A woman uses a walking frame on the outdoors.

Choosing the right walking frame

For many people who are unsteady on their feet, the use of a walking frame can provide them with extra support and stability and the security to venture out of their home.


For those with permanent disability or recovering from an injury or surgery and the elderly who are vulnerable to falls, walking frames are ideal for maintaining a sense of independence. While they are good for walking short to medium distances, anything further may require a wheelchair or mobility scooter. Depending upon the model, walking frames can have additional accessories such as a basket for shopping or a seat to meet the user’s requirements.


Points to consider


A walking frame takes the excess weight off the legs and distributes the user’s body weight into the arms. This may help to minimise any pain or discomfort caused by the weight of the body. The user may then be able to walk for longer periods without tiredness or fatigue.


Choosing a walking frame

It is important to consider the height of the user and choose a walking frame that best supports them. An incorrect height, causing the user to bend or stretch excessively would be uncomfortable and make the user reluctant to actually use the frame. The recommendation is for the height to be taken in the same way as for using a walking stick; take the measurement from the ground to the wrist bone with the arms at the side.


Types of Walking Frames

Four-wheeled, three-wheeled, two-wheeled and immobile/pick-up frames, there are numerous types to consider. The user’s walking and balance requirements will determine the suitability of the type chosen. The advice of a physiotherapist who is aware of the user’s requirements is recommended to assist in the decision.


Here are some points to think about:

• Will the walking frame be used indoors, outdoors, on smooth surfaces such as in a shopping centre, where there are stairs or uneven areas such as a nature track or path?

• Are there times when the walker will need to be transported either in a car or on public transport? Think about the weight of the frame and its ease to be folded up and lifted by a family member, carer or bus driver.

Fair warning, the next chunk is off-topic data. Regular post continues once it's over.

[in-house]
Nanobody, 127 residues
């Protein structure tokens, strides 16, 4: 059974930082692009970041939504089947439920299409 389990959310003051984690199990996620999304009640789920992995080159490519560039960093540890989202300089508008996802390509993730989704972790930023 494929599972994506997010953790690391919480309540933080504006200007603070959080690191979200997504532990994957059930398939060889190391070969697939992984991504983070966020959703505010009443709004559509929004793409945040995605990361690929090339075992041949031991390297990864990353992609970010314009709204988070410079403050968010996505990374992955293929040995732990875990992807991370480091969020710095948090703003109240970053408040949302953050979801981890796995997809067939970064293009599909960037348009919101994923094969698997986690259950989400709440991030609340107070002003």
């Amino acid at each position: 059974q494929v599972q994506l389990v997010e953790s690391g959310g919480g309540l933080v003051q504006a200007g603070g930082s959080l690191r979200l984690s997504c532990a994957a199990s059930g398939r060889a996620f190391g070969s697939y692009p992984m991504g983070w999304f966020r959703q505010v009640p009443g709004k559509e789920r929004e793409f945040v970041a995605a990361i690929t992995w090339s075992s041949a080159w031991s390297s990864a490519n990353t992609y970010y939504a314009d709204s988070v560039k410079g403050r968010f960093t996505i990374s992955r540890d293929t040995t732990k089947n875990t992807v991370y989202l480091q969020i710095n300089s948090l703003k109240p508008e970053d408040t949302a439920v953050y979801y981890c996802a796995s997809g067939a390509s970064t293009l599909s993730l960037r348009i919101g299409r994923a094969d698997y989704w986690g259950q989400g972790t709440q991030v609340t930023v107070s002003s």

• Be certain of the comfort of the user concerning the correct height of the handles. Suggest having a trial run before settling on a particular frame. Some people may be so excited at the prospect of this new-found independence or like to avoid too much fuss and say yes just to get the process of choosing a walking frame over with quickly. Enquire about a trial period for the return or exchange of a unit.

• Have a dedicated spot for parking so it is accessible and storage to maintain the walking frame in good condition. If it is being parked on a deck or near a door consider having a cover to protect it from the weather.


New, second-hand, hired?

If you’re considering purchasing a second-hand unit, perhaps from an elderly neighbour, relative or off a buy swap and sell site such as eBility, this could be a good option to save some money. For short-term use, hiring or the loan of a frame might be the go. The advice is to have it thoroughly checked to avoid getting a substandard and quite possibly dangerous one that will then need to be repaired or replaced prematurely. The intention of such equipment is to enhance the mobility of the user, not to increase their sense of anxiety or fear each time they use it.


It’s mine!

The use and ownership of such a personal piece of equipment is very individual and it has been nice to notice how people really show their gratitude for the sense of security it provides them. Some decorate their frame with colourful stickers, tape or ribbons. It is in a way, when correctly measured, a true extension of themselves. Asking around in your circle of friends or relatives to see what they use or recommend, and visiting mobility aids suppliers are good first steps to start the process for getting a walking frame.


We are Here to Help

If you are looking for a secondhand walking frame, check our Equipment & Assistive Technology category or give us a call on (02) 8324 5691 and we can take a look for you.